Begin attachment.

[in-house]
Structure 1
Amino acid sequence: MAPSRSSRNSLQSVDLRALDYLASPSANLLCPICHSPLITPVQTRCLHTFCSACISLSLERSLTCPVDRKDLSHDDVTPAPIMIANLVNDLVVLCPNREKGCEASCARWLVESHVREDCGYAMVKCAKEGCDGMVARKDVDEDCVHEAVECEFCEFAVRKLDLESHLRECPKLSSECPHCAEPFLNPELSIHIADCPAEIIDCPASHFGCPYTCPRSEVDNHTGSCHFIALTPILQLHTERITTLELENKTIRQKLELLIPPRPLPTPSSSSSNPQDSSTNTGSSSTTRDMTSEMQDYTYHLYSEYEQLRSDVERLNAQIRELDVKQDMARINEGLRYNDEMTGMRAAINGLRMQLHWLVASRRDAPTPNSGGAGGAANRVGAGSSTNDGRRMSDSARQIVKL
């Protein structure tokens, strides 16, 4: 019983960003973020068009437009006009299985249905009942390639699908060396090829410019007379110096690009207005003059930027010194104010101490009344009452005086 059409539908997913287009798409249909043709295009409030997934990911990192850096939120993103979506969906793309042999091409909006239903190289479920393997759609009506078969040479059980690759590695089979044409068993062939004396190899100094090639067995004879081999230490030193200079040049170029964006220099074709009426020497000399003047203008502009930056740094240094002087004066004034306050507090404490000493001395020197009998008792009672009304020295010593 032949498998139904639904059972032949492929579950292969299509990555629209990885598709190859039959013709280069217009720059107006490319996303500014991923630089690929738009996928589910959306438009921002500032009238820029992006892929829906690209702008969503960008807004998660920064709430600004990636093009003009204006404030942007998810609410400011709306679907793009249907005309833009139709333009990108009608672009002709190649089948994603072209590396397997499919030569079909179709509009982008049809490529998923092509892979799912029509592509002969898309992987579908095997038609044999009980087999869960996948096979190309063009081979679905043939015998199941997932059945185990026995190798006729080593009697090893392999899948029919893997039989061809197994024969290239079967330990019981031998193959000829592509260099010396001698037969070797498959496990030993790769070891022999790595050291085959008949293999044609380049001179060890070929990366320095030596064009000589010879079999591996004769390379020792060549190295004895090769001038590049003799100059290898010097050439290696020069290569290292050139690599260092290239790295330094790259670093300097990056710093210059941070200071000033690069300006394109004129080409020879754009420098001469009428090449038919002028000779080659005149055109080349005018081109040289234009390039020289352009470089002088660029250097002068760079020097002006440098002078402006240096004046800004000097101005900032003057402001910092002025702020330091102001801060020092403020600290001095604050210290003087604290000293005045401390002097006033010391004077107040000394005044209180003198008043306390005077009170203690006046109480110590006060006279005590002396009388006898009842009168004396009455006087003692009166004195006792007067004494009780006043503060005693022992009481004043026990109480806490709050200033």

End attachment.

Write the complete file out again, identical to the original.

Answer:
[in-house]
Structure 1
Amino acid sequence: MAPSRSSRNSLQSVDLRALDYLASPSANLLCPICHSPLITPVQTRCLHTFCSACISLSLERSLTCPVDRKDLSHDDVTPAPIMIANLVNDLVVLCPNREKGCEASCARWLVESHVREDCGYAMVKCAKEGCDGMVARKDVDEDCVHEAVECEFCEFAVRKLDLESHLRECPKLSSECPHCAEPFLNPELSIHIADCPAEIIDCPASHFGCPYTCPRSEVDNHTGSCHFIALTPILQLHTERITTLELENKTIRQKLELLIPPRPLPTPSSSSSNPQDSSTNTGSSSTTRDMTSEMQDYTYHLYSEYEQLRSDVERLNAQIRELDVKQDMARINEGLRYNDEMTGMRAAINGLRMQLHWLVASRRDAPTPNSGGAGGAANRVGAGSSTNDGRRMSDSARQIVKL
């Protein structure tokens, strides 16, 4: 019983960003973020068009437009006009299985249905009942390639699908060396090829410019007379110096690009207005003059930027010194104010101490009344009452005086 059409539908997913287009798409249909043709295009409030997934990911990192850096939120993103979506969906793309042999091409909006239903190289479920393997759609009506078969040479059980690759590695089979044409068993062939004396190899100094090639067995004879081999230490030193200079040049170029964006220099074709009426020497000399003047203008502009930056740094240094002087004066004034306050507090404490000493001395020197009998008792009672009304020295010593 032949498998139904639904059972032949492929579950292969299509990555629209990885598709190859039959013709280069217009720059107006490319996303500014991923630089690929738009996928589910959306438009921002500032009238820029992006892929829906690209702008969503960008807004998660920064709430600004990636093009003009204006404030942007998810609410400011709306679907793009249907005309833009139709333009990108009608672009002709190649089948994603072209590396397997499919030569079909179709509009982008049809490529998923092509892979799912029509592509002969898309992987579908095997038609044999009980087999869960996948096979190309063009081979679905043939015998199941997932059945185990026995190798006729080593009697090893392999899948029919893997039989061809197994024969290239079967330990019981031998193959000829592509260099010396001698037969070797498959496990030993790769070891022999790595050291085959008949293999044609380049001179060890070929990366320095030596064009000589010879079999591996004769390379020792060549190295004895090769001038590049003799100059290898010097050439290696020069290569290292050139690599260092290239790295330094790259670093300097990056710093210059941070200071000033690069300006394109004129080409020879754009420098001469009428090449038919002028000779080659005149055109080349005018081109040289234009390039020289352009470089002088660029250097002068760079020097002006440098002078402006240096004046800004000097101005900032003057402001910092002025702020330091102001801060020092403020600290001095604050210290003087604290000293005045401390002097006033010391004077107040000394005044209180003198008043306390005077009170203690006046109480110590006060006279005590002396009388006898009842009168004396009455006087003692009166004195006792007067004494009780006043503060005693022992009481004043026990109480806490709050200033």